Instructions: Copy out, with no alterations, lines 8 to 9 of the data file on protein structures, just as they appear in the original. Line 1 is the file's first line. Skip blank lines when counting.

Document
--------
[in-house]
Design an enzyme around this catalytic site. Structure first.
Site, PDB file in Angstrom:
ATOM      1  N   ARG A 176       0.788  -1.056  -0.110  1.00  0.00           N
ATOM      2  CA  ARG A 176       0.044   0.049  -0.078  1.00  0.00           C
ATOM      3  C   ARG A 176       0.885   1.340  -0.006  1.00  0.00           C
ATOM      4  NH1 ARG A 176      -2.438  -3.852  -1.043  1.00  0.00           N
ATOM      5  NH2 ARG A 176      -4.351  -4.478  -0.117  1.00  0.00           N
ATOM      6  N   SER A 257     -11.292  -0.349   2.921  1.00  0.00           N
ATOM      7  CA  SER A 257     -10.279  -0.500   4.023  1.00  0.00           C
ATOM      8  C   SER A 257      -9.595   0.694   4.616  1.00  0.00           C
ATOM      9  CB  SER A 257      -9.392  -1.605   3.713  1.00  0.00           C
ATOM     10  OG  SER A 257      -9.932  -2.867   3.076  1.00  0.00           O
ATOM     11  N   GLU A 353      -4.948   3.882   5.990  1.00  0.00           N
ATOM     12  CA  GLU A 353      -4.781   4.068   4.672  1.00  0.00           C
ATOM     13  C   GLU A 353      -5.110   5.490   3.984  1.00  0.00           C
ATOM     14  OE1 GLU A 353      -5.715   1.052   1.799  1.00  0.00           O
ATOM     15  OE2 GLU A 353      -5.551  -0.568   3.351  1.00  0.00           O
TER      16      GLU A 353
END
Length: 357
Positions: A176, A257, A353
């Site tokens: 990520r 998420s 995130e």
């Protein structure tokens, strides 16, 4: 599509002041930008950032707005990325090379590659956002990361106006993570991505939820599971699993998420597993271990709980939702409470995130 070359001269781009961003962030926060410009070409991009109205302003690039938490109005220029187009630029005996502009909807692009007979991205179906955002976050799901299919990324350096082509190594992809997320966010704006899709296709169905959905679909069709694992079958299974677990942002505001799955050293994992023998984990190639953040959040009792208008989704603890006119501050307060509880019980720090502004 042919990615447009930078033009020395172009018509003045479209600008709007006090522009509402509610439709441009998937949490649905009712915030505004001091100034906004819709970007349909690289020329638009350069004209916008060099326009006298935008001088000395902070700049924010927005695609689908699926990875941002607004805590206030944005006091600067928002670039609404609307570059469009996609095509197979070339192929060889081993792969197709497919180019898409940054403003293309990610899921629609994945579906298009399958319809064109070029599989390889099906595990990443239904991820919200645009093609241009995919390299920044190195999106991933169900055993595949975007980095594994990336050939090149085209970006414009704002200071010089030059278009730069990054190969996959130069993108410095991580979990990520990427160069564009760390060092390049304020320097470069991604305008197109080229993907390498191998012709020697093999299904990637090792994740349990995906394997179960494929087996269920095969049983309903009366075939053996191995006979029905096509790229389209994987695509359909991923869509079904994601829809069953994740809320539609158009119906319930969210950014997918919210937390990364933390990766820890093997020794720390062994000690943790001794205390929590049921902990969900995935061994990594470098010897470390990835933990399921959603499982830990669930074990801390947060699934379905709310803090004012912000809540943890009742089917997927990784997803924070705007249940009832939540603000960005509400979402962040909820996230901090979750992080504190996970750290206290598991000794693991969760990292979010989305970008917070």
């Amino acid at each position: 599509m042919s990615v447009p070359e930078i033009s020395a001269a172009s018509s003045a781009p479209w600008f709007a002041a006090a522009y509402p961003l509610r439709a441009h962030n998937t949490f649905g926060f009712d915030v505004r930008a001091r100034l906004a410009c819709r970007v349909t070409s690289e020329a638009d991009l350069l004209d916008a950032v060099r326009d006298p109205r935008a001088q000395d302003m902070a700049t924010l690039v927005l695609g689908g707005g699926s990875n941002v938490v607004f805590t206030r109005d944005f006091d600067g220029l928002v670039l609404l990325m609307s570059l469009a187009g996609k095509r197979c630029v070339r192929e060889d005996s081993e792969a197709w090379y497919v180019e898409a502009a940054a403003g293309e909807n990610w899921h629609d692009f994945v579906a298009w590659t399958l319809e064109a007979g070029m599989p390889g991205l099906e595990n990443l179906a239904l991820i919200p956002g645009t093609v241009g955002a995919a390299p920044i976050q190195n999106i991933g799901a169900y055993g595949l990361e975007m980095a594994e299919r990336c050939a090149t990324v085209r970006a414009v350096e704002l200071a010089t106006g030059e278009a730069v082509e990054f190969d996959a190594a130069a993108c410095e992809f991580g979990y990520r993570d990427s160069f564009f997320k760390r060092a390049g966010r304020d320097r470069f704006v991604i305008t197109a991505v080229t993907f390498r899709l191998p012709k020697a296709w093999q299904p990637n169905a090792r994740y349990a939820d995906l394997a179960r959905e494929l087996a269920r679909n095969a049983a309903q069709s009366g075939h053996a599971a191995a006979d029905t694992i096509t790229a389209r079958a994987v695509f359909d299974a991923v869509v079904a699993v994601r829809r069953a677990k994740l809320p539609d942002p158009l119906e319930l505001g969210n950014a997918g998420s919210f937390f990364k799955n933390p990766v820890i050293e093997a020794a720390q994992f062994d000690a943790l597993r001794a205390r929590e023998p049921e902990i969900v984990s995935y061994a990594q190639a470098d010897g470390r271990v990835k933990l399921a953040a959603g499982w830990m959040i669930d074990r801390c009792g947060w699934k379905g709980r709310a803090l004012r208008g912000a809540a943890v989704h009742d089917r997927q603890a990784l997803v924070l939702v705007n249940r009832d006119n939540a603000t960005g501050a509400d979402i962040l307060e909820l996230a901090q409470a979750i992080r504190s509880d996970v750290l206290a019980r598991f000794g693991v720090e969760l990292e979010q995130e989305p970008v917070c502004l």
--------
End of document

ATOM      5  NH2 ARG A 176      -4.351  -4.478  -0.117  1.00  0.00           N
ATOM      6  N   SER A 257     -11.292  -0.349   2.921  1.00  0.00           N